Jintae Lee, Can Attila, Suat L G Cirillo, Jeffrey D Cirillo, Thomas K Wood
Indole is an extracellular biofilm signal for Escherichia coli, and many bacterial oxygenases readily convert indole to various oxidized compounds including 7-hydroxyindole (7HI). Here we investigate the impact of indole and 7HI on Pseudomonas aeruginosa PAO1 virulence and quorum sensing (QS)-regulated phenotypes; this strain does not synthesize these compounds but degrades them rapidly. Indole and 7HI both altered extensively gene expression in a manner opposite that of acylhomoserine lactones; the most repressed genes encode the mexGHI-opmD multidrug efflux pump and genes involved in the synthesis of QS-regulated virulence factors including pyocyanin (phz operon), 2-heptyl-3-hydroxy-4(1H)-quinolone (PQS) signal (pqs operon), pyochelin (pch operon) and pyoverdine (pvd operon)...
January 2009: Microbial Biotechnology
Lars E P Dietrich, Alexa Price-Whelan, Ashley Petersen, Marvin Whiteley, Dianne K Newman
Certain members of the fluorescent pseudomonads produce and secrete phenazines. These heterocyclic, redox-active compounds are toxic to competing organisms, and the cause of these antibiotic effects has been the focus of intense research efforts. It is largely unknown, however, how pseudomonads themselves respond to - and survive in the presence of - these compounds. Using Pseudomonas aeruginosa DNA microarrays and quantitative RT-PCR, we demonstrate that the phenazine pyocyanin elicits the upregulation of genes/operons that function in transport [such as the resistance-nodulation-cell division (RND) efflux pump MexGHI-OpmD] and possibly in redox control (such as PA2274, a putative flavin-dependant monooxygenase), and downregulates genes involved in ferric iron acquisition...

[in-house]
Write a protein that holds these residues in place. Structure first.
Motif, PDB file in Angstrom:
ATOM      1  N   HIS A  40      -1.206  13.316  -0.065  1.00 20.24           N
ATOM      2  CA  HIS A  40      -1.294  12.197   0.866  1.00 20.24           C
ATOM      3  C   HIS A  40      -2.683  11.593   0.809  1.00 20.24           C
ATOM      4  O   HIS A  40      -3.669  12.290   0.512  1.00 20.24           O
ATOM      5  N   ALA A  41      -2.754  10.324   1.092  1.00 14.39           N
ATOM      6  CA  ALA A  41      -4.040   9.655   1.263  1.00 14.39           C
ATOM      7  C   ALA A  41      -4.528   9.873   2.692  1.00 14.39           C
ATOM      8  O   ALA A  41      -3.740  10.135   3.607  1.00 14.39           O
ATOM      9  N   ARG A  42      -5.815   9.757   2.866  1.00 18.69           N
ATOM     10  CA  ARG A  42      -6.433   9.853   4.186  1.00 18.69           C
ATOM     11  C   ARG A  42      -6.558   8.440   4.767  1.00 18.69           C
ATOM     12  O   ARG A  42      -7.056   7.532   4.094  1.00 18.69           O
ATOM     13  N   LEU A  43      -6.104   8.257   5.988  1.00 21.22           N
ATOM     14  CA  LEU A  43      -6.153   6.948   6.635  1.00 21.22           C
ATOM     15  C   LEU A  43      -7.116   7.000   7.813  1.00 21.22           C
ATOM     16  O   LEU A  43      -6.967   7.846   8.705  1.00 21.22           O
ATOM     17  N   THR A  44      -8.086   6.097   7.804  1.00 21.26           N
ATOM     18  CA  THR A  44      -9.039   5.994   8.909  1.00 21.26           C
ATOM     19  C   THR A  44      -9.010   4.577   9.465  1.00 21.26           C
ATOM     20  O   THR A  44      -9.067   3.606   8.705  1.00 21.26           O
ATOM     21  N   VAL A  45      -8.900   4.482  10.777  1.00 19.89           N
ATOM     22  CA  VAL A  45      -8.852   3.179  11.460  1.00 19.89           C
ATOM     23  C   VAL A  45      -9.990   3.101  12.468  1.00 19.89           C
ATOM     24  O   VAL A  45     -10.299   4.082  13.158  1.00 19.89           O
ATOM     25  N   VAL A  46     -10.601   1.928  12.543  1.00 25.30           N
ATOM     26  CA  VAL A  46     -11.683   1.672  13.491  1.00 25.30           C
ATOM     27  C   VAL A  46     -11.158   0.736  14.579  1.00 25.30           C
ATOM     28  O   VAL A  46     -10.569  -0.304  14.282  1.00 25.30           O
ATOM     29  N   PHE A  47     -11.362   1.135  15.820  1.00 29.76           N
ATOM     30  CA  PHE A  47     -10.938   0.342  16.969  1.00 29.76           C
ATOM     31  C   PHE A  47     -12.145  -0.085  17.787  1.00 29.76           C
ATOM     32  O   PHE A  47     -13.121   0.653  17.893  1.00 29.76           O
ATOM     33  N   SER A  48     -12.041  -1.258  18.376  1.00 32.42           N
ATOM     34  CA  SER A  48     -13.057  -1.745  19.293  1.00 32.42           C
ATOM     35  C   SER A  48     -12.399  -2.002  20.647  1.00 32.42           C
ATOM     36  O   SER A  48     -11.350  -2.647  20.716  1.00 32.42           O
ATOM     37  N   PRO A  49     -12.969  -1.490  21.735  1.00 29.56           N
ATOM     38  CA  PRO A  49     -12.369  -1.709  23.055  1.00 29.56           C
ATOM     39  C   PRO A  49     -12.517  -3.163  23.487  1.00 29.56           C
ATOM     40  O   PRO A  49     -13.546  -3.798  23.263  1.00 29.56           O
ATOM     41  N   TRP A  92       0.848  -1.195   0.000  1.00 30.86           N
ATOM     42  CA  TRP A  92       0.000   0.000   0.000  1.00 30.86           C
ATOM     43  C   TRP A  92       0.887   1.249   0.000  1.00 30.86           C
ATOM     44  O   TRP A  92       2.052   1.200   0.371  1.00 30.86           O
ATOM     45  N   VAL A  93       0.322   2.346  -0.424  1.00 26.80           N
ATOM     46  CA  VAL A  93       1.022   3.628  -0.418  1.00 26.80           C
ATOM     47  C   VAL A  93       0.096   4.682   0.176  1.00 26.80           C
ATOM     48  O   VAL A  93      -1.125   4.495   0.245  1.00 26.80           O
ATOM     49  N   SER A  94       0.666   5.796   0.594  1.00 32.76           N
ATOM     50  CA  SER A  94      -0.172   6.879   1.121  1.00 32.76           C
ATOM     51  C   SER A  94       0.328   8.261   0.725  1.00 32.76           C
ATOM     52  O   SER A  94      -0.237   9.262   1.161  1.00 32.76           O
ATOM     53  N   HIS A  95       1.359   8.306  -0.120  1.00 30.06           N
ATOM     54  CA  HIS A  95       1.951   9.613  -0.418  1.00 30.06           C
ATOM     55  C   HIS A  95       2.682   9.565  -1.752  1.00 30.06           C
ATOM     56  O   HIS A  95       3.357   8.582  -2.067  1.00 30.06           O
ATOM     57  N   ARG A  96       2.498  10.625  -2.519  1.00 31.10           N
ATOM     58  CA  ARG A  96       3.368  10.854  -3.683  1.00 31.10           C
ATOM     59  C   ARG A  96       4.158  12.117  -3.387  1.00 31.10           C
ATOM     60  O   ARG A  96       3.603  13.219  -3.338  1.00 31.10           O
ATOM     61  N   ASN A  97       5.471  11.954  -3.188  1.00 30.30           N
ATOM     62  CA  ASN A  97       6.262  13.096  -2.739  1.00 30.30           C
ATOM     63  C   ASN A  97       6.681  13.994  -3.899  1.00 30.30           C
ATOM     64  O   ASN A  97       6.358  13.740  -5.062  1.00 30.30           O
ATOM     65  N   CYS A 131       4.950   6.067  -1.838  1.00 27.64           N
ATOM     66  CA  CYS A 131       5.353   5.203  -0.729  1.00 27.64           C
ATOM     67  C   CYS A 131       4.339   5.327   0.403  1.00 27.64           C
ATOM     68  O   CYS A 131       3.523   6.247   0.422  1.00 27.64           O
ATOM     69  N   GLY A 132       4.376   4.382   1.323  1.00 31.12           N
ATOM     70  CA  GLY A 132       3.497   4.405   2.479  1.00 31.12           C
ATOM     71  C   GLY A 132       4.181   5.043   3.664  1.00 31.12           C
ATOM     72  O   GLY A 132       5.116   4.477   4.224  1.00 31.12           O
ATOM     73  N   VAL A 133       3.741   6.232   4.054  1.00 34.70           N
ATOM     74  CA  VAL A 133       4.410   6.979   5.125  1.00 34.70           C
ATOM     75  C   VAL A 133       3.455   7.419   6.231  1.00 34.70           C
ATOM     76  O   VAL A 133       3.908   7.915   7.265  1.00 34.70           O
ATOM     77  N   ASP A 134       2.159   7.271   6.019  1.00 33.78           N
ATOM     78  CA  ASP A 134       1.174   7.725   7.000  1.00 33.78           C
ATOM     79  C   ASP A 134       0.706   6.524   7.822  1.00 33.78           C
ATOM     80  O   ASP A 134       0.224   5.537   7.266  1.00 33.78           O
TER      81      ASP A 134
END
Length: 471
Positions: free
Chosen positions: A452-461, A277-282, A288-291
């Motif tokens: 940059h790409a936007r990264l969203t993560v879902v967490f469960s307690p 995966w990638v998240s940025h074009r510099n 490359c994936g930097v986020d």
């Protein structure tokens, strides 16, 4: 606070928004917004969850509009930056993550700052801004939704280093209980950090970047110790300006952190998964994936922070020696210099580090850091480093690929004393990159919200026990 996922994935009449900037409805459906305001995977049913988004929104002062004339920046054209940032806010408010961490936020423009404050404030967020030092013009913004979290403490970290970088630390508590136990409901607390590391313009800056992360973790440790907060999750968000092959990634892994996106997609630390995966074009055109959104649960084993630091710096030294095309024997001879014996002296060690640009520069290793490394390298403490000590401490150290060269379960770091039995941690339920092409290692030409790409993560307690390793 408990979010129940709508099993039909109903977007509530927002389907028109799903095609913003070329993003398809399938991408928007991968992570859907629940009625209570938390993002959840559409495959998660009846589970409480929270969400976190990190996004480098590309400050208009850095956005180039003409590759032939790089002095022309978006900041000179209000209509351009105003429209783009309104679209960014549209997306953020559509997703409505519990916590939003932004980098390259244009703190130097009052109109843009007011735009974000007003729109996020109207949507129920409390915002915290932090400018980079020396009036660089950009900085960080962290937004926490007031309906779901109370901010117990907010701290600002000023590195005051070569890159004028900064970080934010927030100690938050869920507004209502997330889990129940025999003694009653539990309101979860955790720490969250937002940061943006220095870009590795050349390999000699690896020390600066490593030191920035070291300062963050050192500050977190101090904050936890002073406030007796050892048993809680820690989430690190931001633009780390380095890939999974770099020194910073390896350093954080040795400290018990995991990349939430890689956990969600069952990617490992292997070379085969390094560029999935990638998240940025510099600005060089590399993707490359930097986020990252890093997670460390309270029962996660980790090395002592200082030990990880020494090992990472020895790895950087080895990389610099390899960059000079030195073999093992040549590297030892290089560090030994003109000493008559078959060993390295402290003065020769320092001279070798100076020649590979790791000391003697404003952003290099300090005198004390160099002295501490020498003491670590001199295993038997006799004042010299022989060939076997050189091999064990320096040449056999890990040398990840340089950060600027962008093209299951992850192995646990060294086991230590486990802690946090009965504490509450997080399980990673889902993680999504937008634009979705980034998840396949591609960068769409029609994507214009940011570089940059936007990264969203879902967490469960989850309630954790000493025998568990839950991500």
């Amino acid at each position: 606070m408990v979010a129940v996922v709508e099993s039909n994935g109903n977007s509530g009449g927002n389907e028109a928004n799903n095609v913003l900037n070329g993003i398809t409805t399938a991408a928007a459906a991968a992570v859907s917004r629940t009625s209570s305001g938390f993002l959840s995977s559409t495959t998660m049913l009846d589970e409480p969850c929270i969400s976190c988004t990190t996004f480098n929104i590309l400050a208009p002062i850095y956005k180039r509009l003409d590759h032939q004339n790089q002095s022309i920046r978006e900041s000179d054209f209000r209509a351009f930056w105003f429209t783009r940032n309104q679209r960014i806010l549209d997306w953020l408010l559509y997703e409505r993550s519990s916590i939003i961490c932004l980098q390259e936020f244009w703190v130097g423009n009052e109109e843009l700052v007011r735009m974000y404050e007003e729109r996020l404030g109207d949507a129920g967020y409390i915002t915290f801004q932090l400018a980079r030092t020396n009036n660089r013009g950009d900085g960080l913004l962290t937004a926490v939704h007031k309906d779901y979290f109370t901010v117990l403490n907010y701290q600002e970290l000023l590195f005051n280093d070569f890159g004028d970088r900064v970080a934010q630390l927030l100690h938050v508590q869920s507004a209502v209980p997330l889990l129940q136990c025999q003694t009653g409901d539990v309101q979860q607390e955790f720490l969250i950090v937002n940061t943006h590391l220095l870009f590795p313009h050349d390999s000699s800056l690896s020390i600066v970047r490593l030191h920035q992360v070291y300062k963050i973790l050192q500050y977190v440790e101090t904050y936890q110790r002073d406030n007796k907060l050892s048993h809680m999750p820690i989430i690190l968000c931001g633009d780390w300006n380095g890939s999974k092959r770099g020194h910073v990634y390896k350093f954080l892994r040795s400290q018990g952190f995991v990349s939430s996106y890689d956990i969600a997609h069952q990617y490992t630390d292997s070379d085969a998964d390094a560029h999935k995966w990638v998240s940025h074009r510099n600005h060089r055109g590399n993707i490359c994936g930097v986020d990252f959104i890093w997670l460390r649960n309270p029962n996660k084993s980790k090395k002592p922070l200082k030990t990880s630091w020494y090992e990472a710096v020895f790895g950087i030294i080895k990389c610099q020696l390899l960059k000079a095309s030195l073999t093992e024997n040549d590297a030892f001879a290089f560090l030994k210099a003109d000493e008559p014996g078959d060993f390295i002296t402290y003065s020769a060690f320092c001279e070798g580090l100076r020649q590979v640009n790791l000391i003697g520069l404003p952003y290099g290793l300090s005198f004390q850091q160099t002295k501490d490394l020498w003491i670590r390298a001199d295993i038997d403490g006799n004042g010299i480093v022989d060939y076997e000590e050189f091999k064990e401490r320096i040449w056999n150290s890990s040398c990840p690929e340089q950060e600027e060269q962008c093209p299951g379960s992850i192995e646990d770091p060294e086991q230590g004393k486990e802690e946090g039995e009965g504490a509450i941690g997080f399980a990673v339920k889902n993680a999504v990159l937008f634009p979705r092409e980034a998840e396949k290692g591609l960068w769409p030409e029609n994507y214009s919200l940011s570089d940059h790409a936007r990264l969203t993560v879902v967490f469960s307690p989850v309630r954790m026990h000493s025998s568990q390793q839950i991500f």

September 2006: Molecular Microbiology
Séverine Aendekerk, Stephen P Diggle, Zhijun Song, Niels Høiby, Pierre Cornelis, Paul Williams, Miguel Cámara
In Pseudomonas aeruginosa the production of multiple virulence factors depends on cell-to-cell communication through the integration of N-acylhomoserine lactone (AHL)- and 2-heptyl-3-hydroxy-4(1H)-quinolone (PQS)- dependent signalling. Mutation of genes encoding the efflux protein MexI and the porin OpmD from the MexGHI-OpmD pump resulted in the inability to produce N-(3-oxododecanoyl)-L-homoserine lactone (3-oxo-c12-hsl) and pqs and a marked reduction in n-butanoyl-L-homoserine lactone levels. Both pump mutants were impaired in growth and exhibited enhanced rather than reduced antibiotic resistance...
April 2005: Microbiology
Séverine Aendekerk, Bart Ghysels, Pierre Cornelis, Christine Baysse
Vanadium has an antibacterial activity against Pseudomonas aeruginosa, especially under conditions of iron limitation. Some degree of resistance to V is inducible by prior exposure to the metal. One mutant (VS1) with a higher sensitivity to V was obtained by transposon mutagenesis of P. aeruginosa PA 59.20, a clinical isolate. This mutant had an insertion in a non-coding region, upstream of a cluster of four genes. Three of them show similarities to genes corresponding to known P. aeruginosa antibiotic efflux systems, including an efflux protein, a membrane fusion protein and an outer-membrane porin...
August 2002: Microbiology